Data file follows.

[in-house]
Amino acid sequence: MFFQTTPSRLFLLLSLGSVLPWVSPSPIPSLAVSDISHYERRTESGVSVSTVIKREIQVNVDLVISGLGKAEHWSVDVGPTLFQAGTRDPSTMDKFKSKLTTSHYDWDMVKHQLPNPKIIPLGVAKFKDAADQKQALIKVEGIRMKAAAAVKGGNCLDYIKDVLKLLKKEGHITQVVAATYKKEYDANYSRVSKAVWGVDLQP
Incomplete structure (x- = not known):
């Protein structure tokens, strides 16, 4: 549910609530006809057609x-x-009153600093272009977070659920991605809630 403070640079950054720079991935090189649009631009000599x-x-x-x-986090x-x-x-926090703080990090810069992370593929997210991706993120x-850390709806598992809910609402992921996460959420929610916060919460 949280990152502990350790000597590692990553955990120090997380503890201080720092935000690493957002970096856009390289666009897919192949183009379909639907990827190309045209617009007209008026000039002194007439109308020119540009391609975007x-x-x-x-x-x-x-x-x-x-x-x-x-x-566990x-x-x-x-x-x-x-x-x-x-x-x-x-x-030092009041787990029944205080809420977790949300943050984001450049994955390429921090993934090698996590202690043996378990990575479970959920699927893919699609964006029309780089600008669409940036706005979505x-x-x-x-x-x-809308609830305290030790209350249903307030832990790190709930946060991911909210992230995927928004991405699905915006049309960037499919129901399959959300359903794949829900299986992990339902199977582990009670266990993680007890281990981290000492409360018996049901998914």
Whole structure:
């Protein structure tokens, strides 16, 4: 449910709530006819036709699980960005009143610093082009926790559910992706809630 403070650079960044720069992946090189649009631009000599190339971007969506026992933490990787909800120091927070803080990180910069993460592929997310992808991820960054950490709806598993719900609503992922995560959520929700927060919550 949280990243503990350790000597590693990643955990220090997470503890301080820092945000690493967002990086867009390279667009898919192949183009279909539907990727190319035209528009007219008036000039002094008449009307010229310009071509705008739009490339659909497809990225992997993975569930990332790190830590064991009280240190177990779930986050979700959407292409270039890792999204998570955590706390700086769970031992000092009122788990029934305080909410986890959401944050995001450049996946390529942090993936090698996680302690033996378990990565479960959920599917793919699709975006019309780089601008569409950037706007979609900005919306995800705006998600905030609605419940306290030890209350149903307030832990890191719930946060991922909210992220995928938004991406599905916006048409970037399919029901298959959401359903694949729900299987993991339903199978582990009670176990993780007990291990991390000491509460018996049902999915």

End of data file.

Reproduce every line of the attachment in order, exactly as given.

[in-house]
Amino acid sequence: MFFQTTPSRLFLLLSLGSVLPWVSPSPIPSLAVSDISHYERRTESGVSVSTVIKREIQVNVDLVISGLGKAEHWSVDVGPTLFQAGTRDPSTMDKFKSKLTTSHYDWDMVKHQLPNPKIIPLGVAKFKDAADQKQALIKVEGIRMKAAAAVKGGNCLDYIKDVLKLLKKEGHITQVVAATYKKEYDANYSRVSKAVWGVDLQP
Incomplete structure (x- = not known):
């Protein structure tokens, strides 16, 4: 549910609530006809057609x-x-009153600093272009977070659920991605809630 403070640079950054720079991935090189649009631009000599x-x-x-x-986090x-x-x-926090703080990090810069992370593929997210991706993120x-850390709806598992809910609402992921996460959420929610916060919460 949280990152502990350790000597590692990553955990120090997380503890201080720092935000690493957002970096856009390289666009897919192949183009379909639907990827190309045209617009007209008026000039002194007439109308020119540009391609975007x-x-x-x-x-x-x-x-x-x-x-x-x-x-566990x-x-x-x-x-x-x-x-x-x-x-x-x-x-030092009041787990029944205080809420977790949300943050984001450049994955390429921090993934090698996590202690043996378990990575479970959920699927893919699609964006029309780089600008669409940036706005979505x-x-x-x-x-x-809308609830305290030790209350249903307030832990790190709930946060991911909210992230995927928004991405699905915006049309960037499919129901399959959300359903794949829900299986992990339902199977582990009670266990993680007890281990981290000492409360018996049901998914």
Whole structure:
């Protein structure tokens, strides 16, 4: 449910709530006819036709699980960005009143610093082009926790559910992706809630 403070650079960044720069992946090189649009631009000599190339971007969506026992933490990787909800120091927070803080990180910069993460592929997310992808991820960054950490709806598993719900609503992922995560959520929700927060919550 949280990243503990350790000597590693990643955990220090997470503890301080820092945000690493967002990086867009390279667009898919192949183009279909539907990727190319035209528009007219008036000039002094008449009307010229310009071509705008739009490339659909497809990225992997993975569930990332790190830590064991009280240190177990779930986050979700959407292409270039890792999204998570955590706390700086769970031992000092009122788990029934305080909410986890959401944050995001450049996946390529942090993936090698996680302690033996378990990565479960959920599917793919699709975006019309780089601008569409950037706007979609900005919306995800705006998600905030609605419940306290030890209350149903307030832990890191719930946060991922909210992220995928938004991406599905916006048409970037399919029901298959959401359903694949729900299987993991339903199978582990009670176990993780007990291990991390000491509460018996049902999915």